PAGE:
The private sector often has a better understanding of subsea prospects than the public sector, but Mexico’s wariness about fully ceding control may have prevented the government from understanding the true value of the blocks. “They are still having trouble letting go of the old mindset of full control, rather than letting the market decide,” says one industry executive. One of the two blocks awarded to the winning consortium (comprising Mexico Sierra Oil and Gas, Dallas-based Talos Energy and London-based Premier Oil) was more hotly contested than the government expected; four groups offered well above the government-mandated minimum.
Because of historical sensitivities, Mexico awarded rare profit-sharing contracts between the state and private firms, rather than fully confer ownership of oil reserves to the private sector. It also required a level of corporate guarantee to cover spillages that went beyond international norms. Its potential ability to rescind contracts has alarmed some oil companies, too, lest their wells be expropriated without compensation in the future.
Once you factor in those risks vs current oil prices, the real story here is simpler: the financial arithmetic facing a potential investor has been totally upended by the collapse of oil prices.
And let’s not forget the batshit-crazy approach to debt.
The “Idiot” species, we suggested, bore responsibility for Latin America’s underdevelopment. Its beliefs — revolution, economic nationalism, hatred of the United States, faith in the government as an agent of social justice, a passion for strongman rule over the rule of law — derived, in our opinion, from an inferiority complex.
Things evolve, and by 2009, the idiots were
back in force in the form of populist heads of state who are reenacting the failed policies of the past, opinion leaders from around the world who are lending new credence to them, and supporters who are giving new life to ideas that seemed extinct.
Now we have a clerical version, in the form of that air conditioning-hater, the The Peronist Pope who is fond of straw men, as we read that In Fiery Speeches, Francis Excoriates Global Capitalism
His speeches can blend biblical fury with apocalyptic doom. Pope Francis does not just criticize the excesses of global capitalism. He compares them to the “dung of the devil.” He does not simply argue that systemic “greed for money” is a bad thing. He calls it a “subtle dictatorship” that “condemns and enslaves men and women.”
Having returned to his native Latin America, Francis has renewed his left-leaning critiques on the inequalities of capitalism, describing it as an underlying cause of global injustice, and a prime cause of climate change. Francis escalated that line last week when he made a historic apology for the crimes of the Roman Catholic Church during the period of Spanish colonialism — even as he called for a global movement against a “new colonialism” rooted in an inequitable economic order.
The fact remains that capitalism works,
Cato economist Michael Tanner estimates that in the last 20 years, capitalism has lifted more than a billion people out of poverty and halved the number of those living in developing countries on less than $1.25 a day.
With such results, failing to see capitalism in its unfettered form as a viable solution to poverty borders on the immoral.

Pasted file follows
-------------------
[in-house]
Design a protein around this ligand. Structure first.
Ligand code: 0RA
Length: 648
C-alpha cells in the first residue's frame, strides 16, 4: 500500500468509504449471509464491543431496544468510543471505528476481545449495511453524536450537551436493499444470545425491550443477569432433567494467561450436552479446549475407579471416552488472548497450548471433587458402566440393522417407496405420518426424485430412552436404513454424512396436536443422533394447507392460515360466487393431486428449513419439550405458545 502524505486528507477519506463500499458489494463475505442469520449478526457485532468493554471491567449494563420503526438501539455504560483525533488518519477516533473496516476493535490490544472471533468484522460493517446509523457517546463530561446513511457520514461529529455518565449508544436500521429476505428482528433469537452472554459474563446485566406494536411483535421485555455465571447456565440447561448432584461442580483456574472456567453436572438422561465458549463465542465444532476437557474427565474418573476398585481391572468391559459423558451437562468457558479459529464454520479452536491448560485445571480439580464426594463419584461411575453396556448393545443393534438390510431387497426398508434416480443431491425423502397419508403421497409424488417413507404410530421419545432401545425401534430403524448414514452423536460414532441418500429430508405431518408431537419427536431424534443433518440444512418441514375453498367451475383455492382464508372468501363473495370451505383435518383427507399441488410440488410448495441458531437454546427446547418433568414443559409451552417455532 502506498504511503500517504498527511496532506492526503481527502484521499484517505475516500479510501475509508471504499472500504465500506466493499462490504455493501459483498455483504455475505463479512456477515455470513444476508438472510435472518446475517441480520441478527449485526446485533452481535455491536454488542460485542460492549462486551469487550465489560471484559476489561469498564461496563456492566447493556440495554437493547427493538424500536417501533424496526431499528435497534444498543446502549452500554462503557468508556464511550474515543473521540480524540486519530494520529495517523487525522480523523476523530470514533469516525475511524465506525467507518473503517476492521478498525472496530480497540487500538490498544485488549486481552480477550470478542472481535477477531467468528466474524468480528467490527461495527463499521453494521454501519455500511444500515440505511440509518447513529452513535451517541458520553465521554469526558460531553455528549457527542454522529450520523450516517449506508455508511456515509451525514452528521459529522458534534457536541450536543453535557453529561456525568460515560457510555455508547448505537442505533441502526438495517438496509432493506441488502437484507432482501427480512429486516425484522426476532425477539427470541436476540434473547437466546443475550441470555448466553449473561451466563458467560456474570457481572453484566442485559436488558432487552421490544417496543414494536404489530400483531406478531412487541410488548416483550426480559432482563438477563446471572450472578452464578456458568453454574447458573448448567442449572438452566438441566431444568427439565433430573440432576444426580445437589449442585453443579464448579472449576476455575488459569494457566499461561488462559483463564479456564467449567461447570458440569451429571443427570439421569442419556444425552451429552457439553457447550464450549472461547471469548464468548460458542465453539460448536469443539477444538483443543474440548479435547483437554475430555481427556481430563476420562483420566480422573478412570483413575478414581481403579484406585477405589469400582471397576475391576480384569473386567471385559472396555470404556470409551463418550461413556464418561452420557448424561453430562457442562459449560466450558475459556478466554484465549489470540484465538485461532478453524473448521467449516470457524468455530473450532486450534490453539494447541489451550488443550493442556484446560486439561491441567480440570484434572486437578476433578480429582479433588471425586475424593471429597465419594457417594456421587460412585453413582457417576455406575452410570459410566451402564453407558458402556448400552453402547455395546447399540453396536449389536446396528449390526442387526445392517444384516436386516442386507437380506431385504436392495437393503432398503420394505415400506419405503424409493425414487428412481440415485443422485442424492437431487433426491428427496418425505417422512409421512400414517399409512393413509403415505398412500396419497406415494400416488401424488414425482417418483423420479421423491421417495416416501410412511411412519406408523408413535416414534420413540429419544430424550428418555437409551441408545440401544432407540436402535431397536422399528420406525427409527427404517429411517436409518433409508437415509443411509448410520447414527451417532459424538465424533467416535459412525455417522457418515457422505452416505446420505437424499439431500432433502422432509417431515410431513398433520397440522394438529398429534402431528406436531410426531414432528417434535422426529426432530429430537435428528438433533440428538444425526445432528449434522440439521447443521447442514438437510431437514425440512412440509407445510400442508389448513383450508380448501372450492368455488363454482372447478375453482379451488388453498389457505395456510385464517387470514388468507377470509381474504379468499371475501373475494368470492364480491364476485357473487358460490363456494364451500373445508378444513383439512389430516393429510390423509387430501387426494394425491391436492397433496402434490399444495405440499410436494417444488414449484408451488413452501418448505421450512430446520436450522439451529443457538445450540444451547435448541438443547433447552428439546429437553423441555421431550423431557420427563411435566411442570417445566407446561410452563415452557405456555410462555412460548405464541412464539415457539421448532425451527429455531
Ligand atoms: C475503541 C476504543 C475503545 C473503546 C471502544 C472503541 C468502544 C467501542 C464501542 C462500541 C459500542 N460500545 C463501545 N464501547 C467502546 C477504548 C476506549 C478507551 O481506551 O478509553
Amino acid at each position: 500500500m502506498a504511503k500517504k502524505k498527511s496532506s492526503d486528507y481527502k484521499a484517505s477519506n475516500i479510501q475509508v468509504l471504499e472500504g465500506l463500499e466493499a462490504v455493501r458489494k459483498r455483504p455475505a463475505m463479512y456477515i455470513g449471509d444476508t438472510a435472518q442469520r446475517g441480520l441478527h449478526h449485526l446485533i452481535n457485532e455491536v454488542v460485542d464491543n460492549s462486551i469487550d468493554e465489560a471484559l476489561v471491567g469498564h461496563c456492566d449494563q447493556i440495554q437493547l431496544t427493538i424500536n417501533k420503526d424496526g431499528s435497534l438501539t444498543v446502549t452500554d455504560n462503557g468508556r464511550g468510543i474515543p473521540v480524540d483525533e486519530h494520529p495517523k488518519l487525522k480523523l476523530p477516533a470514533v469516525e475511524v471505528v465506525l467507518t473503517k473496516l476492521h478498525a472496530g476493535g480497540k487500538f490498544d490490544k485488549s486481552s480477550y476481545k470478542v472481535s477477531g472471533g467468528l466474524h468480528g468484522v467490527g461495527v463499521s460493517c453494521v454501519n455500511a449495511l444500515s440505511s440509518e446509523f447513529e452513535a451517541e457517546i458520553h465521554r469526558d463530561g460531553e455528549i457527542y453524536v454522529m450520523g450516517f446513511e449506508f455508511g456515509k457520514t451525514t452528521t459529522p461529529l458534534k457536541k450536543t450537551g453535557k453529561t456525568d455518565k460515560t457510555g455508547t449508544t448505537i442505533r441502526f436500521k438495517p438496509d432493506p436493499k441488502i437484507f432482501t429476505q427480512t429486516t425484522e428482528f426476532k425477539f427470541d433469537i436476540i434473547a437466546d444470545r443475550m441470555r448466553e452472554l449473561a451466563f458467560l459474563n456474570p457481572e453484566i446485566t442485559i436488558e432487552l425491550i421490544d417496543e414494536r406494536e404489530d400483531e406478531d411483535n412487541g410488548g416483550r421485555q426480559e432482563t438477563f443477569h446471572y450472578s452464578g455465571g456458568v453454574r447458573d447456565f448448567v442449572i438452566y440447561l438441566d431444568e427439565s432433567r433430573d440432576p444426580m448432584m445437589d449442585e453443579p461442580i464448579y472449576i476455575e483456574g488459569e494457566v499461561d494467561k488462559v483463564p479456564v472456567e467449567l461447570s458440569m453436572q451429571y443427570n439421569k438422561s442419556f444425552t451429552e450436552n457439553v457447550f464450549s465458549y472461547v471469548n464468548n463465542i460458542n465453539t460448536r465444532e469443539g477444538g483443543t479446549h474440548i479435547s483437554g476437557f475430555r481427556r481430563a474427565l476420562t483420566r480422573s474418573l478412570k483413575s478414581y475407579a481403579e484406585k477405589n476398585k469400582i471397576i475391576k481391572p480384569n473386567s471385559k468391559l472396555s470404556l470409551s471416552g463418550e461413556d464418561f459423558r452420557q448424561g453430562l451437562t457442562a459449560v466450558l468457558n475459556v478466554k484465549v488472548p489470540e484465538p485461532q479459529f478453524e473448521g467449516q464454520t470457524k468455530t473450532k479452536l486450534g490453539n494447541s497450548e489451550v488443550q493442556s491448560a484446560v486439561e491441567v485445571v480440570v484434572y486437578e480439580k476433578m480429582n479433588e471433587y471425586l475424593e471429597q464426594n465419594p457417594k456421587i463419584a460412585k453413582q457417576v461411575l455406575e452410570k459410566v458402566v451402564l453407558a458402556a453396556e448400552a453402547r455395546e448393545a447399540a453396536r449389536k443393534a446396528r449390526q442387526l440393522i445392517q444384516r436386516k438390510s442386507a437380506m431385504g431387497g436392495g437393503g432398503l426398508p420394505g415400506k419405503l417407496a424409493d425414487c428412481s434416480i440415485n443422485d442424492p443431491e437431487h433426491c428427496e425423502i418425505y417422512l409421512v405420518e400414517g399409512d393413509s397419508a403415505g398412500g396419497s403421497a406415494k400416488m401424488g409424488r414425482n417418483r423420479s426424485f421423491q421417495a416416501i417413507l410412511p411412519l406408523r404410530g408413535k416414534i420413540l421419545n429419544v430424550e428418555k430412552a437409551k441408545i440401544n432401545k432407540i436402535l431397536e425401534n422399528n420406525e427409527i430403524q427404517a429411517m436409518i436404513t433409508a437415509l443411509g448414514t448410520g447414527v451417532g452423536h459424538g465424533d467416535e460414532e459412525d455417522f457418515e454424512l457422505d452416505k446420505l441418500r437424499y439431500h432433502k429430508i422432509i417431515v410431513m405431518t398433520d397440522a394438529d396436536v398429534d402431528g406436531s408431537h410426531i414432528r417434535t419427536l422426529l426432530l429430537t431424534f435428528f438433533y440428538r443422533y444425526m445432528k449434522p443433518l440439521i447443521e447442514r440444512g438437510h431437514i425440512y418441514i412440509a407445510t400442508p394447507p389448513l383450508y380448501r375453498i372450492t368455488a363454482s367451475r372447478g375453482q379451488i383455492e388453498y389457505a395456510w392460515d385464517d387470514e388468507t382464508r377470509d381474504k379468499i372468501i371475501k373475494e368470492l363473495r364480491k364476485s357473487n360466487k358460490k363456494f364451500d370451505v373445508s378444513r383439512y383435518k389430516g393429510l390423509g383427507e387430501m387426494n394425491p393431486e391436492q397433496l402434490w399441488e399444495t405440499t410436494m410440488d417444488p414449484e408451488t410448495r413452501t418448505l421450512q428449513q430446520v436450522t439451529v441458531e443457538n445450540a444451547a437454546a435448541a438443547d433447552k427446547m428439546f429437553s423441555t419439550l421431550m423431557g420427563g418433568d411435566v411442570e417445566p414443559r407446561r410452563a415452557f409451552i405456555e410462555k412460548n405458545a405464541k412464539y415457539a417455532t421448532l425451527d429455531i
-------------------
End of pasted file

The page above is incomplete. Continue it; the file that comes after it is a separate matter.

— TakingHayekSeriously (@FriedrichHayek) July 10, 2015
Why I’m Disregarding Laudato Si and You Should Too (lengthy but worth the read).
[In case you wonder, here’s the original speech in Spanish,
TEXTO: Discurso del Papa el encuentro con los movimientos populares en Bolivia]
Christian charity and free market entrepreneurship are not only compatible, but necessary to truly aid the poor.
Christian charity strives for the moral betterment of man, and the advancement of our neighbor out of love. For believers, these are works of religion, which many men and women of good will willingly and freely undertake. Forcing people “to do good” is the death of the virtue of charity, as charity must always be freely exercised.
But a second factor is equally needed to alleviate poverty: entrepreneurs and the free-market system. These offer the possibility of a greater and more lasting solution to the problem of poverty. Creating jobs and industry is a great good, and to diminish the possibilities for entrepreneurs and the private sector and claim the façade of virtue in doing so, is pure folly. Entrepreneurs and the business class do more in the United States for the Church and for vital issues to society, than anywhere else in the world.
I don’t expect Fr. Marcel to be invited to the Vatican any time soon.
As if things weren’t bad enough, Pope Francis invited California Governor Jerry Brown to lend his expertise on global warming and climate change to a summit at the Vatican later in the month. But he banned Philippe de Larminat, an actual scientist, from the April 28 summit.
Linked to by Babalu. Thank you!
LIVE now – US-Latin America stories with Jerry Brewer, by Silvio Canto Jr http://t.co/KyOFowVwbq
— Fausta (@Fausta) July 8, 2015
Live at 8PM Eastern, and archived for your convenience, in Silvio Canto’s talking about US-Latin America stories with Jerry Brewer
Also, don’t miss my post on Business at the BBC: Firing Clarkson will cost them BIG
What a guy.
Bolivia’s Adepcoca (Asociación Departamental de Productores de la Hoja de Coca i.e., Coca Leaf Growers’ Departamental Association) have prepared 20,000 bags of coca leaves to gift the people lining up from the airport to La Paz, giving new meaning to the term goodie bag.
You really can’t make up this stuff.
“Dilma in the back seat of a driverless car. Lovely metaphor for today’s Brazil.”
Dilma no banco traseiro de um carro sem motorista. Bela metáfora do Brasil atual. pic.twitter.com/PR7FRUOXRS
— Ricardo Amorim (@Ricamconsult) July 3, 2015
British musician faces five years in Chilean jail after admitting dealing drugs
Alexander Harrild, who was educated at exclusive Dulwich College, is being held in one of Santiago’s most notorious prisons with rapists and murderers
The president, whose hobbies include poker, now faces a choice. Call the FARC’s bluff by laying on the table a take-it-or-leave-it offer on justice—or risk the talks collapsing anyway in the cycle of retaliation. Burdened by disappointments in other areas, Mr Santos has staked his presidency on a peace agreement. But objectively it is the FARC’s negotiators who need it more. Return to war in Colombia, and sooner or later they will be killed.